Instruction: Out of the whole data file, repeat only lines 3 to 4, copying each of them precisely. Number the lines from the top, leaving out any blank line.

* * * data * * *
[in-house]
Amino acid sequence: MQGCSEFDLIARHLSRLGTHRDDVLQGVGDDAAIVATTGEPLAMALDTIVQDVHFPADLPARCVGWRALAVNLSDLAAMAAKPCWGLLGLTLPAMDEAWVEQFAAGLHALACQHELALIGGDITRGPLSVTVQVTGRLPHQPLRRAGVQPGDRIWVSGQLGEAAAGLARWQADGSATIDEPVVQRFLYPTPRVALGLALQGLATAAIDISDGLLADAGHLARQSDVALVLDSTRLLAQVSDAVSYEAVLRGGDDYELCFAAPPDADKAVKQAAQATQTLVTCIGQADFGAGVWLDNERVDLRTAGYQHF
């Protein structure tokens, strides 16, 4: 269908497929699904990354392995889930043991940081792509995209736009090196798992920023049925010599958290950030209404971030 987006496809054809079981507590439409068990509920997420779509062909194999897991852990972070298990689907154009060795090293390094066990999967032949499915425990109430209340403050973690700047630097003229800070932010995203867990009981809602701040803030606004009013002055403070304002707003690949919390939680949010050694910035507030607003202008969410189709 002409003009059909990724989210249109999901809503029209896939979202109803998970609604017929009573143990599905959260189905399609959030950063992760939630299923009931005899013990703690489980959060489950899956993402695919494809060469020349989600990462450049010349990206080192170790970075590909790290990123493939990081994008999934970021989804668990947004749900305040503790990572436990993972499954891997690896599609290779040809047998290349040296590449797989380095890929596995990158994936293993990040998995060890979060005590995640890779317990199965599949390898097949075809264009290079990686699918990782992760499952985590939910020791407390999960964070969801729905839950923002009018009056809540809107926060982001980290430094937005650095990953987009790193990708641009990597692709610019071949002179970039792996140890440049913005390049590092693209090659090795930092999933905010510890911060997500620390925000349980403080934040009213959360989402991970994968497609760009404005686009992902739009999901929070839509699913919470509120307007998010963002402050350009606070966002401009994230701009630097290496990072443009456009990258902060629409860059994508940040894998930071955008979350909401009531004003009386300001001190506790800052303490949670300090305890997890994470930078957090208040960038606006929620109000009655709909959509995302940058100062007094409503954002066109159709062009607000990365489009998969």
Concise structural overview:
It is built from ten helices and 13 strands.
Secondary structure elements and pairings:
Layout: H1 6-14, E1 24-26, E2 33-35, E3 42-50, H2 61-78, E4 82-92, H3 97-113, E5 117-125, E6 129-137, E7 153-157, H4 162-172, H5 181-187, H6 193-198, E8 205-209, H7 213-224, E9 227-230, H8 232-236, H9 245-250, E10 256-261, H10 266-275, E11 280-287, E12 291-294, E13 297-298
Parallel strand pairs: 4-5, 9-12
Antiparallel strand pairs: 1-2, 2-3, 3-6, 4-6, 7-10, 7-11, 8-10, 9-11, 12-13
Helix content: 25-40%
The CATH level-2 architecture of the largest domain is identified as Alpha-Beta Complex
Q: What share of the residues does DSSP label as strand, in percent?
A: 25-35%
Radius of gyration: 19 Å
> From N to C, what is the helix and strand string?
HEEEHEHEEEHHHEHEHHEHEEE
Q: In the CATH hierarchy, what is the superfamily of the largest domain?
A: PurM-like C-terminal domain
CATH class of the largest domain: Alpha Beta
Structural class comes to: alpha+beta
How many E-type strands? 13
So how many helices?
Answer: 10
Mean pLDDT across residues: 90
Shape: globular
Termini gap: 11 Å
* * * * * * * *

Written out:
């Protein structure tokens, strides 16, 4: 269908497929699904990354392995889930043991940081792509995209736009090196798992920023049925010599958290950030209404971030 987006496809054809079981507590439409068990509920997420779509062909194999897991852990972070298990689907154009060795090293390094066990999967032949499915425990109430209340403050973690700047630097003229800070932010995203867990009981809602701040803030606004009013002055403070304002707003690949919390939680949010050694910035507030607003202008969410189709 002409003009059909990724989210249109999901809503029209896939979202109803998970609604017929009573143990599905959260189905399609959030950063992760939630299923009931005899013990703690489980959060489950899956993402695919494809060469020349989600990462450049010349990206080192170790970075590909790290990123493939990081994008999934970021989804668990947004749900305040503790990572436990993972499954891997690896599609290779040809047998290349040296590449797989380095890929596995990158994936293993990040998995060890979060005590995640890779317990199965599949390898097949075809264009290079990686699918990782992760499952985590939910020791407390999960964070969801729905839950923002009018009056809540809107926060982001980290430094937005650095990953987009790193990708641009990597692709610019071949002179970039792996140890440049913005390049590092693209090659090795930092999933905010510890911060997500620390925000349980403080934040009213959360989402991970994968497609760009404005686009992902739009999901929070839509699913919470509120307007998010963002402050350009606070966002401009994230701009630097290496990072443009456009990258902060629409860059994508940040894998930071955008979350909401009531004003009386300001001190506790800052303490949670300090305890997890994470930078957090208040960038606006929620109000009655709909959509995302940058100062007094409503954002066109159709062009607000990365489009998969």
Concise structural overview: